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Carriers are still doing the heavy lifting even as global air cargo capacity gets cut. Belly capacity for international air cargo shrank by 70 per cent last month from a year ago. Image Credit: Gulf News Archive

Dubai: The global air cargo industry is having a much “healthier” time of it than the passenger category - but doing business is still “exceptionally challenging”," according to the International Air Transport Association (IATA).

Global air cargo demand dropped 17.6 percent in June, compared to the same month last year, while capacity shrank by more than a quarter. Due to the withdrawal of passenger plane services, belly capacity for international air cargo shrank by 70 per cent last month compared to a year earlier.

This was partially offset by a 32 per cent increase in capacity through expanded use of freighter aircraft, IATA said.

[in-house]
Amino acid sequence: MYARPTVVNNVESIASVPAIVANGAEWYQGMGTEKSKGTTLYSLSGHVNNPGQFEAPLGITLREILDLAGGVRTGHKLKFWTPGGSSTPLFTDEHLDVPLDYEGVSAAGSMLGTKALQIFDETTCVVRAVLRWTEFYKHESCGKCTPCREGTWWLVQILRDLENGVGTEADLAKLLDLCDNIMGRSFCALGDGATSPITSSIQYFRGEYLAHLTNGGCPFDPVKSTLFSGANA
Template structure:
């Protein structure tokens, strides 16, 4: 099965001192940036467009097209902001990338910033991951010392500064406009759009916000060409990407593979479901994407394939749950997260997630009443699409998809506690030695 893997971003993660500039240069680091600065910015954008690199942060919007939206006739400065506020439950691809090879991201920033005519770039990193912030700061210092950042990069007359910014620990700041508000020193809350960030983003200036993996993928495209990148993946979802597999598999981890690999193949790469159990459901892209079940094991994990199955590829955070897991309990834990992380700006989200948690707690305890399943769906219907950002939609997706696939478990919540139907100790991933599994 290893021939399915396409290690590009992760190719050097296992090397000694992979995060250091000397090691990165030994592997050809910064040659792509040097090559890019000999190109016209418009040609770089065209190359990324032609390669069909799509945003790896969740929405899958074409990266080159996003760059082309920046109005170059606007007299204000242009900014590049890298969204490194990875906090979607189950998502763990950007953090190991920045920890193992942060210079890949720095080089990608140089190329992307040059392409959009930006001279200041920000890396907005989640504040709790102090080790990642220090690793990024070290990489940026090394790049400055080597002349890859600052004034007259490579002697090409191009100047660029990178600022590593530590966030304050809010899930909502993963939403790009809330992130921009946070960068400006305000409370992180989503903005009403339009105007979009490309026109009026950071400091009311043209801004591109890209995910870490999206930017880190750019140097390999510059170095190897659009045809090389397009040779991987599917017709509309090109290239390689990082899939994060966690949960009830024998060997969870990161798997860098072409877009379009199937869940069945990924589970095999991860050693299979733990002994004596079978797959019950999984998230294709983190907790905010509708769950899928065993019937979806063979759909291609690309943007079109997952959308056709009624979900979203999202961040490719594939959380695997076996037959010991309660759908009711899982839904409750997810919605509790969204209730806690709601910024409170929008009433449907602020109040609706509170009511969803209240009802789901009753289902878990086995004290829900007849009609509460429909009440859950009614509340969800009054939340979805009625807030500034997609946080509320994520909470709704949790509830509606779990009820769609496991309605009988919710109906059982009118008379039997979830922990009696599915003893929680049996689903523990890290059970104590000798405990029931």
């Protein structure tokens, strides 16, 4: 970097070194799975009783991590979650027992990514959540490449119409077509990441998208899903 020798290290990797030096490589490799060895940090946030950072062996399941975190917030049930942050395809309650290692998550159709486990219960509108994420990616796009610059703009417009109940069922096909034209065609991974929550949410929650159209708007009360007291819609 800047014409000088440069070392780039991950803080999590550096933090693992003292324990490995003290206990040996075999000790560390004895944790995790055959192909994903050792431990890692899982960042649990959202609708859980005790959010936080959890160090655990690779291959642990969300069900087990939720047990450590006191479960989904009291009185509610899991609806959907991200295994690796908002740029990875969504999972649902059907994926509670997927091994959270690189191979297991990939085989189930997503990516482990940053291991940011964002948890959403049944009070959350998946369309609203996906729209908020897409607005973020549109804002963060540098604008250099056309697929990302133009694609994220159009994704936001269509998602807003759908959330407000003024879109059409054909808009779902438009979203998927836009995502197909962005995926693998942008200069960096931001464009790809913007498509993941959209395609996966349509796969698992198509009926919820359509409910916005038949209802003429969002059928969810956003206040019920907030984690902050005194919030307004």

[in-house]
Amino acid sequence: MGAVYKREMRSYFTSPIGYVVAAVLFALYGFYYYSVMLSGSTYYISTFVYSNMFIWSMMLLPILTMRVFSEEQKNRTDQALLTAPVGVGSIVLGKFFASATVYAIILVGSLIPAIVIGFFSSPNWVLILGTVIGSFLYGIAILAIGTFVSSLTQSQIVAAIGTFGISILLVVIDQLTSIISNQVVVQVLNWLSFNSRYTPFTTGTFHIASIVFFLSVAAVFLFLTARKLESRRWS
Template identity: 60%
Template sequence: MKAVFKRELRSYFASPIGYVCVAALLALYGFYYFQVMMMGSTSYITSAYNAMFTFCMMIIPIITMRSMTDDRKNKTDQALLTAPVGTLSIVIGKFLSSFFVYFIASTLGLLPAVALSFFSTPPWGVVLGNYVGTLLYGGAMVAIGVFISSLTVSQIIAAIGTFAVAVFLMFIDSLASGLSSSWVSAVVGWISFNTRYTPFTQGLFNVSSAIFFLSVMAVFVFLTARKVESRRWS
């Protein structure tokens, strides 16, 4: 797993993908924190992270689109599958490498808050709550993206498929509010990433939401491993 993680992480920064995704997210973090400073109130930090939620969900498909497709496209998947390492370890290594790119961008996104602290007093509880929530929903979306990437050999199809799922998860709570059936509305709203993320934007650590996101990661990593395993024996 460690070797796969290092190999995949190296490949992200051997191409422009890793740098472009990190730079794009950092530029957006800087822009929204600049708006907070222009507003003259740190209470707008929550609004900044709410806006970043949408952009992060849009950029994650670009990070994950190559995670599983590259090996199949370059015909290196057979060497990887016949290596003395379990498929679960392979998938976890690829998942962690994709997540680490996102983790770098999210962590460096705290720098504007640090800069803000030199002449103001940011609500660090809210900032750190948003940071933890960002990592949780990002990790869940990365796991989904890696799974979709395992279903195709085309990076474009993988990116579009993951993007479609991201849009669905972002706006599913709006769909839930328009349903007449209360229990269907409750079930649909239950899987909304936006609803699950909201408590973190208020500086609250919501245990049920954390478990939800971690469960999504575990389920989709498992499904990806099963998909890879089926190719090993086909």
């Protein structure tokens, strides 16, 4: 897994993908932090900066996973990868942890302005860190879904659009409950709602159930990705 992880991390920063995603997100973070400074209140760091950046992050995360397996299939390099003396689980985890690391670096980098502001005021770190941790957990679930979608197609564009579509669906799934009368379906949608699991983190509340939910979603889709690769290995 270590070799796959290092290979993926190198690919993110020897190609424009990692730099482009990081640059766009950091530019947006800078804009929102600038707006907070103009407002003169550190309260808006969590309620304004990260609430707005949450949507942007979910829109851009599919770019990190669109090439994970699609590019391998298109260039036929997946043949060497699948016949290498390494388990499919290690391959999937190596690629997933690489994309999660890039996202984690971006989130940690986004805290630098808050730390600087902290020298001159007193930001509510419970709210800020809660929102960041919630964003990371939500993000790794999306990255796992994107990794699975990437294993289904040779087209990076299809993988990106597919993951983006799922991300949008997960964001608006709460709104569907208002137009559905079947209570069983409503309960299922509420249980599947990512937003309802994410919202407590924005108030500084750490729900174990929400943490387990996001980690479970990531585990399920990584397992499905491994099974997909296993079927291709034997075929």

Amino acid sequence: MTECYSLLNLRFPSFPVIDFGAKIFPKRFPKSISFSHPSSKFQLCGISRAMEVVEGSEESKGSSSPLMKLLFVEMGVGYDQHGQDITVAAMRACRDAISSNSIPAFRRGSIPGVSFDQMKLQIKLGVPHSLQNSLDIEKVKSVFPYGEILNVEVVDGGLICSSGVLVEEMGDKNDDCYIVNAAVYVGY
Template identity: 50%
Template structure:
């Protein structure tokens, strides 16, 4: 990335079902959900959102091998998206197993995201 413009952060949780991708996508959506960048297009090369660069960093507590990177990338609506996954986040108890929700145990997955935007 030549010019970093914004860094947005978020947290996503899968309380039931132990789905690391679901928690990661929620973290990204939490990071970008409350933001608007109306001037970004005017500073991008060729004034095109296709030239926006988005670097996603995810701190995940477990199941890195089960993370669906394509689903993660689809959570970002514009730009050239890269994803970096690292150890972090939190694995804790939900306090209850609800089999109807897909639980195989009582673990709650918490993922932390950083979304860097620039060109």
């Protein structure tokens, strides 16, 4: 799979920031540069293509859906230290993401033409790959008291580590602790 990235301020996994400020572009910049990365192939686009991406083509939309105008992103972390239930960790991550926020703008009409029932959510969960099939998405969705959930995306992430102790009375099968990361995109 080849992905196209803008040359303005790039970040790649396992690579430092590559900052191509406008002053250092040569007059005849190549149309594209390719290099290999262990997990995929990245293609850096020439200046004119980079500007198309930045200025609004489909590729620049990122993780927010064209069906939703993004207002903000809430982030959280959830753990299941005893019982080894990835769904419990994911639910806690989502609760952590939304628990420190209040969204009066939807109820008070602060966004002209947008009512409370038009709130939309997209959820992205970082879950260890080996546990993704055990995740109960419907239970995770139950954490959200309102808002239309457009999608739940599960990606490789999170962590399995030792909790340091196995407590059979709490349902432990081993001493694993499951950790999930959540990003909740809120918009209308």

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“While economic activity is re-starting after major lockdown disruptions, there has not been a major boost in demand,” said Alexandre de Juniac, IATA's Director-General and CE). “The rush to get personal protective equipment (PPE) to market has subsided as supply chains regularized, enabling shippers to use cheaper sea and rail options. And the capacity crunch continues because passenger operations are recovering very slowly.”

The massive global response to the COVID-19 resulted in the suspension of passenger flights, while disrupting complex supply chains between countries. In the Middle East, aviation supports $130 billion in economic activity, equivalent to 4.4 per cent of the region’s GDP.

Middle Eastern carriers reported a 19.1 per cent fall in international air cargo demand in June as global capacity decreased due to “aggressive” operational strategies of some of the region’s carriers, IATA said.